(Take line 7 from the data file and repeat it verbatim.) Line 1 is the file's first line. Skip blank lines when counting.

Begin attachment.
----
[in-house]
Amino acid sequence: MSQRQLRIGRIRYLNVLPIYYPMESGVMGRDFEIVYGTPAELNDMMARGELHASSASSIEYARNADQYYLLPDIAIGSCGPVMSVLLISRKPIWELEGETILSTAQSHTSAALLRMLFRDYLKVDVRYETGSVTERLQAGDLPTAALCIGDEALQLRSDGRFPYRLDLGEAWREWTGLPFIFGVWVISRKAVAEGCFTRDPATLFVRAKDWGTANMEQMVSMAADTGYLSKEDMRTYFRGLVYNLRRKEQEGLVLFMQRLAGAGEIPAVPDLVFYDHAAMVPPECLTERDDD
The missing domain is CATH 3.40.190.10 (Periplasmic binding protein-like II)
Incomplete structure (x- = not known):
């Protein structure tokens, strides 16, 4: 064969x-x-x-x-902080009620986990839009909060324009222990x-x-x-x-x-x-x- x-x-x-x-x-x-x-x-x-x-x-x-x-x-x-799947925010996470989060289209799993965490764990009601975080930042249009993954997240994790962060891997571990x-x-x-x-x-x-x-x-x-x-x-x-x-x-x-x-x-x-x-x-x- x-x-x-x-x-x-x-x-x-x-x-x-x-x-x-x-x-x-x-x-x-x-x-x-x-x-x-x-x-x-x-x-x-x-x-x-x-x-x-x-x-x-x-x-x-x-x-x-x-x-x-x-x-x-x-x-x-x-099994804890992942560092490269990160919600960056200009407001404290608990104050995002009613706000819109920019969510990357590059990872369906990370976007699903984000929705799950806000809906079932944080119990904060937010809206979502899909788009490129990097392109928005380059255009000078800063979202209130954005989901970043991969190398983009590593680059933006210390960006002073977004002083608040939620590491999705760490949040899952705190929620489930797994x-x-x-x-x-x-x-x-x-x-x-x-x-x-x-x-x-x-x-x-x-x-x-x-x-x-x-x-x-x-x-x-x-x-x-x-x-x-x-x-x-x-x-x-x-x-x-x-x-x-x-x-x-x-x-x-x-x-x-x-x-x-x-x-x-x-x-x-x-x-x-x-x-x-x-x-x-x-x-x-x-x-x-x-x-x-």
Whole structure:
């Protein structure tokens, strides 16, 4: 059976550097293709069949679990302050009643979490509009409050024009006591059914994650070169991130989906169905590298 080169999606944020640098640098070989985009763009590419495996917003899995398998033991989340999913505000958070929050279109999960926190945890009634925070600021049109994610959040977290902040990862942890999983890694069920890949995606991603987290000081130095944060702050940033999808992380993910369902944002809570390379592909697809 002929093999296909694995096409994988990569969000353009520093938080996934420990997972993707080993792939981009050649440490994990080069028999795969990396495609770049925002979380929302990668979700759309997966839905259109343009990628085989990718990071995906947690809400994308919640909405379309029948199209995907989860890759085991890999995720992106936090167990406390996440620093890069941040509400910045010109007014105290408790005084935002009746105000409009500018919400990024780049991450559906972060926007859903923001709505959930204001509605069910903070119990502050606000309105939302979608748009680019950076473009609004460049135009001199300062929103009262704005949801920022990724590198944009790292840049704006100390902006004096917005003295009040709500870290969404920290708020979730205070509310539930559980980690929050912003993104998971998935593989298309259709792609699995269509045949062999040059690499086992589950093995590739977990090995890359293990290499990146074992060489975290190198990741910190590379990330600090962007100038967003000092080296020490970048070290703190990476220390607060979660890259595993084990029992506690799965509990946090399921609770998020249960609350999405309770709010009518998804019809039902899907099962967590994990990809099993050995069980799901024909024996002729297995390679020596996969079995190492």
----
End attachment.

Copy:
């Protein structure tokens, strides 16, 4: 059976550097293709069949679990302050009643979490509009409050024009006591059914994650070169991130989906169905590298 080169999606944020640098640098070989985009763009590419495996917003899995398998033991989340999913505000958070929050279109999960926190945890009634925070600021049109994610959040977290902040990862942890999983890694069920890949995606991603987290000081130095944060702050940033999808992380993910369902944002809570390379592909697809 002929093999296909694995096409994988990569969000353009520093938080996934420990997972993707080993792939981009050649440490994990080069028999795969990396495609770049925002979380929302990668979700759309997966839905259109343009990628085989990718990071995906947690809400994308919640909405379309029948199209995907989860890759085991890999995720992106936090167990406390996440620093890069941040509400910045010109007014105290408790005084935002009746105000409009500018919400990024780049991450559906972060926007859903923001709505959930204001509605069910903070119990502050606000309105939302979608748009680019950076473009609004460049135009001199300062929103009262704005949801920022990724590198944009790292840049704006100390902006004096917005003295009040709500870290969404920290708020979730205070509310539930559980980690929050912003993104998971998935593989298309259709792609699995269509045949062999040059690499086992589950093995590739977990090995890359293990290499990146074992060489975290190198990741910190590379990330600090962007100038967003000092080296020490970048070290703190990476220390607060979660890259595993084990029992506690799965509990946090399921609770998020249960609350999405309770709010009518998804019809039902899907099962967590994990990809099993050995069980799901024909024996002729297995390679020596996969079995190492």